NEW YORK (CNNfn) - Technology issues bore the brunt of a massive sell-off in the stock market Friday, after the release of stronger-than-expected economic data rekindled inflation fears and sent investors scrambling for the exits.|
Dot.coms and Internet infrastructure issues as well as semiconductor-related issues were especially hard hit, though the losses spread throughout the sector.
Though marked by a negative tone from the outset, stocks took a turn for the worse after the U.S. Labor Department reported that consumer prices in March advanced at their strongest pace in nearly a year.
And once again, the worst damage was inflicted on the technology sector, which dragged the tech-laden Nasdaq composite index, which already was deep in bear territory, down 355.77 to 3321.11, a 9.7 percent decline on the day.
For the week, the Nasdaq lost 1,125.34 points, finishing 25 percent lower from last Friday's closing level of 4446.45
Market participants pointed out that investors already were on edge, with cautious forward-looking comments about tech heavyweights such as Motorola and Microsoft heightening concerns about the high-flying sector.
"Suddenly, we see the CPI number jump, and that just shocked everybody," Salomon Smith Barney analyst Jeff Warantz told CNNfn. "Nobody is rushing in to buy the dips just yet."
Dot.coms continue to dive
Internet stocks, which have taken some of the hardest hits in the recent market skid, found no relief in Friday's action. The Dow Jones composite Internet index fell 31.45 to 236.51, an 11.7 percent decline on the day.
Yahoo! (YHOO: Research, Estimates) finished down 20-1/18 at 116, a 14.8 percent decline on the day, putting shares well off their 52-week high of 250-1/16. Amazon.com (AMZN: Research, Estimates) dropped 1-1/8, or 2.3 percent, to 46-7/8. CMGI (CMGI: Research, Estimates) shares plunged 14-3/16, ending 21.4 percent lower at 52-1/16. DoubleClick (DCLK: Research, Estimates) fell 2-13/16, or 4.4 percent, to 60-9/16. America Online (AOL: Research, Estimates) shares fell 4-1/4 to 55, a 7.2 percent decline on the day.
In the Internet infrastructure area: Inktomi (INKT: Research, Estimates) plunged 9-3/4, or 8.8 percent, to 100-13/16; Akamai Technologies (AKAM: Research, Estimates), which speeds the delivery of Internet content and protects against Web site crashes resulting from demand overloads, dropped like a rock, losing 23-1/8 to stand at 64-7/8. Akamai's stock is now a whopping 81 percent below its 52-week high of 345-1/2.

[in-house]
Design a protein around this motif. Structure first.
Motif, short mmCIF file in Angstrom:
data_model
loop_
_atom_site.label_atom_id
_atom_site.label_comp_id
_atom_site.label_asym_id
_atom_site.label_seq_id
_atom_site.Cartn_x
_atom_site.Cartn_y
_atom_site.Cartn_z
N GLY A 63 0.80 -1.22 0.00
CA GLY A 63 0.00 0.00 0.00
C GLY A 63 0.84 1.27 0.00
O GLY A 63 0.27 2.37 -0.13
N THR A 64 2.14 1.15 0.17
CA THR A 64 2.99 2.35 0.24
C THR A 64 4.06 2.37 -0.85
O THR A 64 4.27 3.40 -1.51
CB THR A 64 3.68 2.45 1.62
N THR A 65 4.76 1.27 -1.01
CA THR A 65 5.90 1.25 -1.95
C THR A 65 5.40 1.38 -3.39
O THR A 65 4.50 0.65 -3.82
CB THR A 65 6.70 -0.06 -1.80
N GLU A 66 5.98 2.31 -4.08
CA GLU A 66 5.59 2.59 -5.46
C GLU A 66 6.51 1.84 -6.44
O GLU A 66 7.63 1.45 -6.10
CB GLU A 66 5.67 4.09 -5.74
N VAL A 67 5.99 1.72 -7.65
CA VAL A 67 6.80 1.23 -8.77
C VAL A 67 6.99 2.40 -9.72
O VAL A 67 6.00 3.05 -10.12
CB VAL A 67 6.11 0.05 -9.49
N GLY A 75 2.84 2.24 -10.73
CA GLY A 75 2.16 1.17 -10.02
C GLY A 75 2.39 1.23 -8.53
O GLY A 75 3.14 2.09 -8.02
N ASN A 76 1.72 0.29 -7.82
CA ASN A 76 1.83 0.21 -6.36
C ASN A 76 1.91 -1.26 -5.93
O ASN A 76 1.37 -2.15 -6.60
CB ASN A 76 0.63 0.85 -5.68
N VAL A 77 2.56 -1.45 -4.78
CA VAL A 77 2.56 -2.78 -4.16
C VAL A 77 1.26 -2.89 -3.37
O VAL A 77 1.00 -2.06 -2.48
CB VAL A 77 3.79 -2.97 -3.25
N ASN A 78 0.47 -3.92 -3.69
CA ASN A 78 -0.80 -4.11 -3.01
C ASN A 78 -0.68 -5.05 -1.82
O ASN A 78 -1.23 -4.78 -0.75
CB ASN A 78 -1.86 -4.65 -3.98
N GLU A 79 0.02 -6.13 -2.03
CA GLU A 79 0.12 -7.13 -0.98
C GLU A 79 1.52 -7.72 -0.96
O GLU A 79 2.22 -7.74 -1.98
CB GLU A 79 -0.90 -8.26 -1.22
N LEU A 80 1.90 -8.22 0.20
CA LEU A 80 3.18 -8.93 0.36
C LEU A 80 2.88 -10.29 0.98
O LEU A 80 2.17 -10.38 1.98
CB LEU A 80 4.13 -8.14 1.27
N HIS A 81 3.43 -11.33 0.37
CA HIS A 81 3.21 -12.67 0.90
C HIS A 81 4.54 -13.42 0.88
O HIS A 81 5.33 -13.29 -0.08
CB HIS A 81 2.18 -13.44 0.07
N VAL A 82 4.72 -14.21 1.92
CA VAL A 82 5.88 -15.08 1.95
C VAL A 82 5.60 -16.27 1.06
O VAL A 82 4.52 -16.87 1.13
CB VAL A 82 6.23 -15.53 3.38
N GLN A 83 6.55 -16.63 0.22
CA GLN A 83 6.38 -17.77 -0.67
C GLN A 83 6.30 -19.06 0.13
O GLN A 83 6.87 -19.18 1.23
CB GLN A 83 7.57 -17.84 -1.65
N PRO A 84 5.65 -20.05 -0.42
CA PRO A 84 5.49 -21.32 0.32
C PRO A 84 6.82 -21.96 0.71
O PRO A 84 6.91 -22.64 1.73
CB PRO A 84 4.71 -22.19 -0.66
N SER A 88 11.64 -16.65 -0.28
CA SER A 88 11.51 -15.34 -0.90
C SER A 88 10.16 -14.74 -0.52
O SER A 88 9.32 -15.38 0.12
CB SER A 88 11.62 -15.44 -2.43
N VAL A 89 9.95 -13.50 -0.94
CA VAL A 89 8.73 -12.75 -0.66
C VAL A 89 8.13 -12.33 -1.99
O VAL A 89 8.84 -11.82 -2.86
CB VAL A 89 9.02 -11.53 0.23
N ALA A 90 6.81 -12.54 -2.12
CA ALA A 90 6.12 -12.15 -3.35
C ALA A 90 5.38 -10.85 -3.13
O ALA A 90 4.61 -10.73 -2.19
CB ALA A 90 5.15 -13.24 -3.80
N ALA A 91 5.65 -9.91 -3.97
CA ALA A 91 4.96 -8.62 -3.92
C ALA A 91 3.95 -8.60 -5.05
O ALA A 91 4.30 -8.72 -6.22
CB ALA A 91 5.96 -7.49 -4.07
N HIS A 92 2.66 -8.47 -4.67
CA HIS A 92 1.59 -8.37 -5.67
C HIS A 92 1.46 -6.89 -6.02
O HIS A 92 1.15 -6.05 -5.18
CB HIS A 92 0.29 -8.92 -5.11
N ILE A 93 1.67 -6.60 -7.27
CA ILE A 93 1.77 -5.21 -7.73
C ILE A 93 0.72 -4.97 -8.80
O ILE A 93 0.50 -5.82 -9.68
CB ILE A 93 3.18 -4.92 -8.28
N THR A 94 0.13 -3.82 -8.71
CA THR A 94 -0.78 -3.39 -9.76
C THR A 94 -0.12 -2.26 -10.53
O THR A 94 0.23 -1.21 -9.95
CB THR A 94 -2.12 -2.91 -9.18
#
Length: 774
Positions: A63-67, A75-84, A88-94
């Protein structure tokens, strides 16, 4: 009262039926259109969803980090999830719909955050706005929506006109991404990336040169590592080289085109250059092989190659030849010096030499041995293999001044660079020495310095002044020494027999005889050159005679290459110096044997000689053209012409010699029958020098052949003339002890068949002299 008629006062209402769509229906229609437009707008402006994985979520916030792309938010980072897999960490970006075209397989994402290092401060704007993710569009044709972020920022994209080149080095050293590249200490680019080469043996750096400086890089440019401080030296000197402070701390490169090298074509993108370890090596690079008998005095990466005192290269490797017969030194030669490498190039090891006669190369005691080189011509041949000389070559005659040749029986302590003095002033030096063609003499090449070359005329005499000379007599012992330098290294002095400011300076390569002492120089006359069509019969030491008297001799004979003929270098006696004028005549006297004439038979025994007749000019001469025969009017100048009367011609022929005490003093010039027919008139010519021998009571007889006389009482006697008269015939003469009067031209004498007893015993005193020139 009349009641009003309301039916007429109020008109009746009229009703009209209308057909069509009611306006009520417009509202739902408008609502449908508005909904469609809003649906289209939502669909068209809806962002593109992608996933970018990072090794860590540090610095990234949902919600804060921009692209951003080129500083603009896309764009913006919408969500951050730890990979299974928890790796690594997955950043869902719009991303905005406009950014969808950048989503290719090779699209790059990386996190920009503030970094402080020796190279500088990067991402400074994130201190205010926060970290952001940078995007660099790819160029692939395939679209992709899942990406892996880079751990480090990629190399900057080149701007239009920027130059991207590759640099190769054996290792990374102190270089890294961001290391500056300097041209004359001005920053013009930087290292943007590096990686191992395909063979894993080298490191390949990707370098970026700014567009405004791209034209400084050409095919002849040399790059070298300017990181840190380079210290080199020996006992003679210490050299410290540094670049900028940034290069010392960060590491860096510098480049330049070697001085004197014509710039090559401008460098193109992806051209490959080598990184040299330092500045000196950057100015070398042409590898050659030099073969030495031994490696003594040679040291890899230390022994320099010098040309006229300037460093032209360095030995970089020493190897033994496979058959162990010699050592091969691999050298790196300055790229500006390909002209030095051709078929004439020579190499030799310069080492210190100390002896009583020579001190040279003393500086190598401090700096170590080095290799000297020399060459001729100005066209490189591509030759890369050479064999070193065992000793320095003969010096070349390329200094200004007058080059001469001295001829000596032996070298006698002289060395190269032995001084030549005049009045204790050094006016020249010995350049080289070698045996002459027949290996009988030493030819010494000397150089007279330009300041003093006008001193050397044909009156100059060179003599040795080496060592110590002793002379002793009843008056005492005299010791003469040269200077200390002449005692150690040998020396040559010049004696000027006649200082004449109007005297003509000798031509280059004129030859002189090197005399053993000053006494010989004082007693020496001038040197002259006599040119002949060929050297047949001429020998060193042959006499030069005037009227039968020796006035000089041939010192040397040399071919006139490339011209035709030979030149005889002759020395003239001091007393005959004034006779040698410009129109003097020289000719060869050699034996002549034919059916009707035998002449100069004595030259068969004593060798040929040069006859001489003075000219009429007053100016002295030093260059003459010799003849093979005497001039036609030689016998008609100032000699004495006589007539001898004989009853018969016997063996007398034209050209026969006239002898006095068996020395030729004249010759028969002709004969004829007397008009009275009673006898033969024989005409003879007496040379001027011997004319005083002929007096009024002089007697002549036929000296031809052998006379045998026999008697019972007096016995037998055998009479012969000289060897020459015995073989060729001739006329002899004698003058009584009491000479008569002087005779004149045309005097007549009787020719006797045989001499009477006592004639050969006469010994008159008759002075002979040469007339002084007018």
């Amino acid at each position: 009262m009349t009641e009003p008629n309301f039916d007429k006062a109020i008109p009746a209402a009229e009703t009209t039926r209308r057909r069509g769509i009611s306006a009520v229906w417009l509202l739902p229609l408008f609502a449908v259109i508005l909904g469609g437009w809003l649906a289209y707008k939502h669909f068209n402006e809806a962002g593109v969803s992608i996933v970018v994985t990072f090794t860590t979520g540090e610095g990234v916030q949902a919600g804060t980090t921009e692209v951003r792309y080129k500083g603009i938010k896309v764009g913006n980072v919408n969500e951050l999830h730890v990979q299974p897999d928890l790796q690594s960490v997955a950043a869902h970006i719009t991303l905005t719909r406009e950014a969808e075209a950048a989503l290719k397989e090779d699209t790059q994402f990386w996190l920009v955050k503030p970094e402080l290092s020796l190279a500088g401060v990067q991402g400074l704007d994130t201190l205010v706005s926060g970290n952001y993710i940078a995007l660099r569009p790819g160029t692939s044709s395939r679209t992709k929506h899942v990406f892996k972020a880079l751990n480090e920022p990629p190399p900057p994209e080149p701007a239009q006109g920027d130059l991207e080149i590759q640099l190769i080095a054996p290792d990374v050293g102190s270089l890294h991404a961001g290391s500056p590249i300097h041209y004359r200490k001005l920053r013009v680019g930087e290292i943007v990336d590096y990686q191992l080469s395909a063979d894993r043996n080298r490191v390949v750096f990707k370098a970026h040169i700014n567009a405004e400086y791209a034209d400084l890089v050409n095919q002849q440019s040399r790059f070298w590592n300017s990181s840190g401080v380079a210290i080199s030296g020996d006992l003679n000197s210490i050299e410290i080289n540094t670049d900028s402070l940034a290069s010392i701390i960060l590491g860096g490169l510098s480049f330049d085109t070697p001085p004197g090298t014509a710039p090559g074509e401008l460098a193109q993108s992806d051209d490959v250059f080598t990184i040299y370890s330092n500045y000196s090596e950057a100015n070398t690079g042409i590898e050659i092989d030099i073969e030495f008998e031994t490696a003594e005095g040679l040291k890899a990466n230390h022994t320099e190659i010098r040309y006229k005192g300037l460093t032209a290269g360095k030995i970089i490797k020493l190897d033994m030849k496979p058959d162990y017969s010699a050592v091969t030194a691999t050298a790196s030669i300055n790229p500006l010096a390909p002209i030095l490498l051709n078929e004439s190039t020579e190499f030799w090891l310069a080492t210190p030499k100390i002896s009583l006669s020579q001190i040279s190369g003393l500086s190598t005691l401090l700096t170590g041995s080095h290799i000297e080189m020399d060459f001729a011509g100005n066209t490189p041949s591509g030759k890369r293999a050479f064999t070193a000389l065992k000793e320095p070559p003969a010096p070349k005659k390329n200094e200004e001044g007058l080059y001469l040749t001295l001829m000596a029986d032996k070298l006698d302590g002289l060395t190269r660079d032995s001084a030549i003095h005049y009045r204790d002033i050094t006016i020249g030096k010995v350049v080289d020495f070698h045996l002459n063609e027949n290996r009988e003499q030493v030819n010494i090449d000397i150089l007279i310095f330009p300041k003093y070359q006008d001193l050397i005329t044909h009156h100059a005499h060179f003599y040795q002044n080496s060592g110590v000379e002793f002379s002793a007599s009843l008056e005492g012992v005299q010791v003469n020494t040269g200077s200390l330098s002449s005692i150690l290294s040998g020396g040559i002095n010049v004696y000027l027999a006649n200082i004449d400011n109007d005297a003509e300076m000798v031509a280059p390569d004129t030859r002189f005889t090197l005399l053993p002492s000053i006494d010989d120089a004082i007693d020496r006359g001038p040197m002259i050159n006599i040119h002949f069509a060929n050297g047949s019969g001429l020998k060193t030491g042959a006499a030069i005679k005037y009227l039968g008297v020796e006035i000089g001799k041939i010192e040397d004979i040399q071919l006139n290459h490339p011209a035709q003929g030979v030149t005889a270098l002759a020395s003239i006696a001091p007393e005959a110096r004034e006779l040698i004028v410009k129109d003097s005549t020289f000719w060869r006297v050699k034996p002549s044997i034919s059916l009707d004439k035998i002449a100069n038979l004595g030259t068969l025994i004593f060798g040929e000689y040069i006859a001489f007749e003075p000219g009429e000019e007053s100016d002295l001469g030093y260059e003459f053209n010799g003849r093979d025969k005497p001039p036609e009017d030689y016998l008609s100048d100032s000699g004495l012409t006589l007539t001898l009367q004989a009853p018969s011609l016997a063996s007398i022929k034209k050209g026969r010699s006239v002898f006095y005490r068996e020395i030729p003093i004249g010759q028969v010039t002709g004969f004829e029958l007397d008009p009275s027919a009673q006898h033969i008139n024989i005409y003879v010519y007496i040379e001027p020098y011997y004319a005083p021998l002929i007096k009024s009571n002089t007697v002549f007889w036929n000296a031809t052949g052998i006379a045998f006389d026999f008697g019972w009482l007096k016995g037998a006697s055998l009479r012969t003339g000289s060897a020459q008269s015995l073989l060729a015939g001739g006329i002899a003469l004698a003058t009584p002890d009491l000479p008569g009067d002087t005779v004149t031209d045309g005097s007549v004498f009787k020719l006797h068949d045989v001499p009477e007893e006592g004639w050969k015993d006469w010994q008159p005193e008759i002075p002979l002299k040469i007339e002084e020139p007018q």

Meanwhile, shares of Emulex (EMLX: Research, Estimates), which makes fiber-optic network-access products, tanked, ending the session 41-1/4 lower at 41-11/16, falling nearly 50 percent on the day.
Friday's decline came despite better-than-expected fiscal third-quarter operating earnings that beat analysts estimates. After Thursday's close, the company reported an operating profit of $7.7 million, or 20 cents per share. Analysts polled by earnings tracker First Call had expected the company to turn a profit of 18 cents per share during the quarter.
Earnings cushion Gateway; Sun Micro sinks
Shares of Gateway (GTW: Research, Estimates) were shielded to some extent from Friday's bloodbath after it posted a first-quarter profit that was in line with Wall Street's expectations, trading higher for most of the session, but finishing down 1/2 at 51-1/2.
Shares of Sun Microsystems (SUNW: Research, Estimates) and Gateway (GTW: Research, Estimates) which reported earnings that were above analyst expectations, rallied in the early going, and then turned choppy for the remainder of the session, ending down 1-1/4, or 1.6 percent, at 76-1/2.
Credit Suisse First Boston said in a research note Friday that Sun was "too hot to handle" and said order growth and backlog bodes well for the company. Lehman Brothers raised its 2000 earnings estimates on Sun from 96 cents to 91 cents and reiterated its "buy" rating on the company. Bear Stearns also reiterated its "buy" rating on Sun.
Other computer equipment makers fared much worse, pulling the Goldman Sachs computer hardware index down 27.78 to 511.44, a 5.2 percent decline on the day.
IBM (IBM: Research, Estimates) dropped 4-5/8 to 106, a 4.2 percent decline. Hewlett-Packard (HWP: Research, Estimates) shares finished down 8-15/16, or 6.8 percent, at 123. Compaq (CPQ: Research, Estimates) ended the session down 2-3/8 at 24-1/4, an 8.9 percent slide. Dell Computer (DELL: Research, Estimates) shares slipped 4-1/16, closing 7.9 percent lower at 47-5/8.
Chip issues crumble; software slides
Semiconductor related issues, which had shown some signs of life Thursday after a stellar earnings report from Advanced Micro Devices, fell sharply Friday.
The Philadelphia Stock Exchange's semiconductor index, or Soxx, ended the day 117.54 lower at 892.16, an 11.6 percent slide.
AMD (AMD: Research, Estimates) shares ended Friday's session 3-1/2 lower at 67-1/2, a 4.9 percent decline on the day. Intel (INTC: Research, Estimates), AMD's larger rival in the market for PC microprocessors, slid 10-5/8, or 8.8 percent, to 110-1/2.
Shares of Rambus (RMBS: Research, Estimates), which makes money by licensing a technology that is used to speed up computer memory systems, ended Friday's session down 46-3/8, or 23 percent, at 156-1/4. Rambus also posted earnings that were ahead of analysts forecasts earlier in the week.
Among the major software issues, Microsoft (MSFT: Research, Estimates) ended the day down 5-1/8, or 6.5 percent, at 74-1/8, bringing shares to a new 52-week low.
Oracle (ORCL: Research, Estimates) shares fell 8-7/16 to 63-1/2, an 11.7 percent decline on the day. Novell (NOVL: Research, Estimates) shares fell 2-15/16, or 13.3 percent, to 19-1/8. Siebel Systems (SEBL: Research, Estimates) fell 19-3/8 to 86-9/16, an 18.3 percent decline on the day. Computer Associates (CA: Research, Estimates) slipped 2, ending the session 3.6 percent lower at 53.